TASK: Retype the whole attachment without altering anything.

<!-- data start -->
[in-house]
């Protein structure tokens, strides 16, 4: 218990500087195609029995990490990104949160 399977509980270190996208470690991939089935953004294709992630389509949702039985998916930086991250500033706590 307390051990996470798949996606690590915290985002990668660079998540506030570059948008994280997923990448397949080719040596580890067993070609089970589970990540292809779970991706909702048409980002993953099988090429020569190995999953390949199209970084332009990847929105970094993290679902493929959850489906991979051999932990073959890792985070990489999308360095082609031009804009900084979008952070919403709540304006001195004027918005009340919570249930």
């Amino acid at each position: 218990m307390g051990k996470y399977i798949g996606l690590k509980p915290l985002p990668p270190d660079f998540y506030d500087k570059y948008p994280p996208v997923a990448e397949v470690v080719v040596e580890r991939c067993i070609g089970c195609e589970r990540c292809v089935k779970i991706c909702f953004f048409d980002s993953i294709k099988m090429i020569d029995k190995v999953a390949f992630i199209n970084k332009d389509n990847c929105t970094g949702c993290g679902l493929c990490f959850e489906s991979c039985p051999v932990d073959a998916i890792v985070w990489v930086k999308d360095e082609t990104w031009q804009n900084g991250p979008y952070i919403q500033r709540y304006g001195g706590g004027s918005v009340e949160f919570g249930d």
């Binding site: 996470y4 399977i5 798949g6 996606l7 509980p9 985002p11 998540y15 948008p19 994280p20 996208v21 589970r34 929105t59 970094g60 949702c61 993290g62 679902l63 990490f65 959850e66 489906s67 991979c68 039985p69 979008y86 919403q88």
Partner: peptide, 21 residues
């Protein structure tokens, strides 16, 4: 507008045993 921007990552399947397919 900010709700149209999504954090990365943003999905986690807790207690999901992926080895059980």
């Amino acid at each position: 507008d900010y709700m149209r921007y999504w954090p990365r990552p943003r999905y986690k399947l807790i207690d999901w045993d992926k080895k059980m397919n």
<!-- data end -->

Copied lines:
[in-house]
């Protein structure tokens, strides 16, 4: 218990500087195609029995990490990104949160 399977509980270190996208470690991939089935953004294709992630389509949702039985998916930086991250500033706590 307390051990996470798949996606690590915290985002990668660079998540506030570059948008994280997923990448397949080719040596580890067993070609089970589970990540292809779970991706909702048409980002993953099988090429020569190995999953390949199209970084332009990847929105970094993290679902493929959850489906991979051999932990073959890792985070990489999308360095082609031009804009900084979008952070919403709540304006001195004027918005009340919570249930």
């Amino acid at each position: 218990m307390g051990k996470y399977i798949g996606l690590k509980p915290l985002p990668p270190d660079f998540y506030d500087k570059y948008p994280p996208v997923a990448e397949v470690v080719v040596e580890r991939c067993i070609g089970c195609e589970r990540c292809v089935k779970i991706c909702f953004f048409d980002s993953i294709k099988m090429i020569d029995k190995v999953a390949f992630i199209n970084k332009d389509n990847c929105t970094g949702c993290g679902l493929c990490f959850e489906s991979c039985p051999v932990d073959a998916i890792v985070w990489v930086k999308d360095e082609t990104w031009q804009n900084g991250p979008y952070i919403q500033r709540y304006g001195g706590g004027s918005v009340e949160f919570g249930d």
């Binding site: 996470y4 399977i5 798949g6 996606l7 509980p9 985002p11 998540y15 948008p19 994280p20 996208v21 589970r34 929105t59 970094g60 949702c61 993290g62 679902l63 990490f65 959850e66 489906s67 991979c68 039985p69 979008y86 919403q88």
Partner: peptide, 21 residues
């Protein structure tokens, strides 16, 4: 507008045993 921007990552399947397919 900010709700149209999504954090990365943003999905986690807790207690999901992926080895059980």
């Amino acid at each position: 507008d900010y709700m149209r921007y999504w954090p990365r990552p943003r999905y986690k399947l807790i207690d999901w045993d992926k080895k059980m397919n």